S'foddey my reayllagh oo ! ' 
Black Thrush, are you coming, are you coming ? 
The time is long and you are not here ! 

But the Lhondoo answers : 

' Cha jig dy braa, cha jig dy braa ! ' 

Will never come, will never come ! 

Then the poor Ushag-reaisht wails : 

' T'eh feer feayr, t'eh feer feayr ! ' 

It 's very cold, it 's very cold. 

Then the Blackbird goes his ways. 


NOT far from Dalby, Billy Beg and Tom 
Beg, two humpback cobblers, lived together 
on a lonely croft. Billy Beg was sharper 
and cleverer than Tom Beg, who was always 
at his command. One day Billy Beg gave 
Tom a staff, and quoth he : 

' Tom Beg, go to the mountain and fetch 
home the white sheep/ 

Tom Beg took the staff and went to the 
mountain, but he could not find the white 
sheep. At last, when he was far from home 
and dusk was coming on, he began to think 
that he had best go back. The night was 
fine, and stars and a small crescent moon 
were in the sky. No sound was to be heard 
but the curlew's sharp whistle. Tom was 

hastening home, and had almost reached 



Glen Rushen, when a grey mist gathered 
and he lost his way. But it was not long 
before the mist cleared, and Tom Beg found 
himself in a green glen such as he had never 
seen before, though he thought he knew 
every glen within five miles of him, for he was 
born and reared in the neighbourhood. He 
was marvelling and wondering where he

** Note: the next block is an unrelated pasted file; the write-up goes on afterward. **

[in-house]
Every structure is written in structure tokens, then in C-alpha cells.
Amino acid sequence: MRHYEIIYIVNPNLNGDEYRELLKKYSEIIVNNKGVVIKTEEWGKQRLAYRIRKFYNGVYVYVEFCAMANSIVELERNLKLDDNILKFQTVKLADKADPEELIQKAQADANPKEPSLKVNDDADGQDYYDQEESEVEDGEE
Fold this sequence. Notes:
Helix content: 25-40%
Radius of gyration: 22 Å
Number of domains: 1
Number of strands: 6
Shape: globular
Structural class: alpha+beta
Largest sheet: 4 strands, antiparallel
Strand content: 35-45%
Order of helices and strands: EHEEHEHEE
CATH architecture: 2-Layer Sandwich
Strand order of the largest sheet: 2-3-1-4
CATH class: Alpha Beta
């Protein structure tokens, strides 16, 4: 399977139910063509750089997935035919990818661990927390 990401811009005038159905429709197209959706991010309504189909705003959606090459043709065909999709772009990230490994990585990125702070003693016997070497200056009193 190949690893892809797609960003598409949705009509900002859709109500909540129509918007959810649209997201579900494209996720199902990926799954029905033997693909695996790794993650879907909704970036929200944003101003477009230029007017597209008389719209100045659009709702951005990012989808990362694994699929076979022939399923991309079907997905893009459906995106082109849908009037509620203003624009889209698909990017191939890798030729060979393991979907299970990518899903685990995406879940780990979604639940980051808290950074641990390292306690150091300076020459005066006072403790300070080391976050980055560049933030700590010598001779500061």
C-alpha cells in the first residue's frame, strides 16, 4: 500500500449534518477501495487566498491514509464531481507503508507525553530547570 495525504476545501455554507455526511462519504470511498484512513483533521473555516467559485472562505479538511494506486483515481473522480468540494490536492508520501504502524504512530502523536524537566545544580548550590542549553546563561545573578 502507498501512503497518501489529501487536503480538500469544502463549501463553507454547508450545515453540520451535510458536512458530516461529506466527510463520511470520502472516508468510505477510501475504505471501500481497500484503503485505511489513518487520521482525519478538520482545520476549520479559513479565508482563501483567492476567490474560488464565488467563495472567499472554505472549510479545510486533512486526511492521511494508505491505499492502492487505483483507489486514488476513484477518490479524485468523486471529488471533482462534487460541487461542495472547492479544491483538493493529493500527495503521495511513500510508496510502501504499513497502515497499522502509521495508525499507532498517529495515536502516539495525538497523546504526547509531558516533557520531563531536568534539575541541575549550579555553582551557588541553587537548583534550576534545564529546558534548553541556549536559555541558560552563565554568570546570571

could be, when he heard a far-away sound 
drawing nearer to him. 

'Aw/ said he to himself, 'there's more 
than myself afoot on the mountains to- 
night ; I '11 have company/ 

The sound grew louder. First, it was 
like the humming of bees, then like the 
rushing of Glen Meay waterfall, and last it 
was like the marching and the murmur of 
a crowd. It was the fairy host. Of a 
sudden the glen was full of fine horses and of 
Little People riding on them, with the lights 
on their red caps, shining like the stars 
above, and making the night as bright as 
day. There was the blowing of horns, the 
waving of flags, the playing of music, and 
the barking of many little dogs. Tom Beg 


thought that he had never seen anything so 
splendid as all he saw there. In the midst 
of the drilling and dancing and singing one 
of them spied Tom, and then Tom saw 
coming towards him the grandest Little 
Man he had ever set eyes upon, dressed in 
gold and silver, and silk shining like a 
raven's wing. 

1 It is a bad time you have chosen to 
come this way/ said the Little Man, who 
was the king. 

' Yes ; but it is not here that I 'm wishing 
to be though/ said Tom. 

Then said the king : ' Are you one of 
us to-night, Tom ? ' 

' I am surely/ said Tom.